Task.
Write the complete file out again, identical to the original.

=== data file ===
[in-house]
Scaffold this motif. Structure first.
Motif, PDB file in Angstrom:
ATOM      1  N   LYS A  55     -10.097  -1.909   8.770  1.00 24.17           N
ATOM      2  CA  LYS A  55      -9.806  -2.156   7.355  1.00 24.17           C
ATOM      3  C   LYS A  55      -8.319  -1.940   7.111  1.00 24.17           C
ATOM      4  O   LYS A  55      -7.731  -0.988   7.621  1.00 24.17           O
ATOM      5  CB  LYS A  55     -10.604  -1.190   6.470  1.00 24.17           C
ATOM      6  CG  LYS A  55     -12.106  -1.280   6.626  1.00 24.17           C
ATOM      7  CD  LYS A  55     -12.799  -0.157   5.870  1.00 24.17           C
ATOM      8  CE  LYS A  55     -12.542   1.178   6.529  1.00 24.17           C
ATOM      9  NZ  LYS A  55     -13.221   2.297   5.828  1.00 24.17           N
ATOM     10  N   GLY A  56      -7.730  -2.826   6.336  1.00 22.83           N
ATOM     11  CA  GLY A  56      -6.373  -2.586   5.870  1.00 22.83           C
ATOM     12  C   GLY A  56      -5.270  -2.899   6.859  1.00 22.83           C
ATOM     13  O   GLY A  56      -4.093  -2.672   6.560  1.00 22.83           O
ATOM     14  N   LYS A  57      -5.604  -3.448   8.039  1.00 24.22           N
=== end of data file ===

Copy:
[in-house]
Scaffold this motif. Structure first.
Motif, PDB file in Angstrom:
ATOM      1  N   LYS A  55     -10.097  -1.909   8.770  1.00 24.17           N
ATOM      2  CA  LYS A  55      -9.806  -2.156   7.355  1.00 24.17           C
ATOM      3  C   LYS A  55      -8.319  -1.940   7.111  1.00 24.17           C
ATOM      4  O   LYS A  55      -7.731  -0.988   7.621  1.00 24.17           O
ATOM      5  CB  LYS A  55     -10.604  -1.190   6.470  1.00 24.17           C
ATOM      6  CG  LYS A  55     -12.106  -1.280   6.626  1.00 24.17           C
ATOM      7  CD  LYS A  55     -12.799  -0.157   5.870  1.00 24.17           C
ATOM      8  CE  LYS A  55     -12.542   1.178   6.529  1.00 24.17           C
ATOM      9  NZ  LYS A  55     -13.221   2.297   5.828  1.00 24.17           N
ATOM     10  N   GLY A  56      -7.730  -2.826   6.336  1.00 22.83           N
ATOM     11  CA  GLY A  56      -6.373  -2.586   5.870  1.00 22.83           C
ATOM     12  C   GLY A  56      -5.270  -2.899   6.859  1.00 22.83           C
ATOM     13  O   GLY A  56      -4.093  -2.672   6.560  1.00 22.83           O
ATOM     14  N   LYS A  57      -5.604  -3.448   8.039  1.00 24.22           N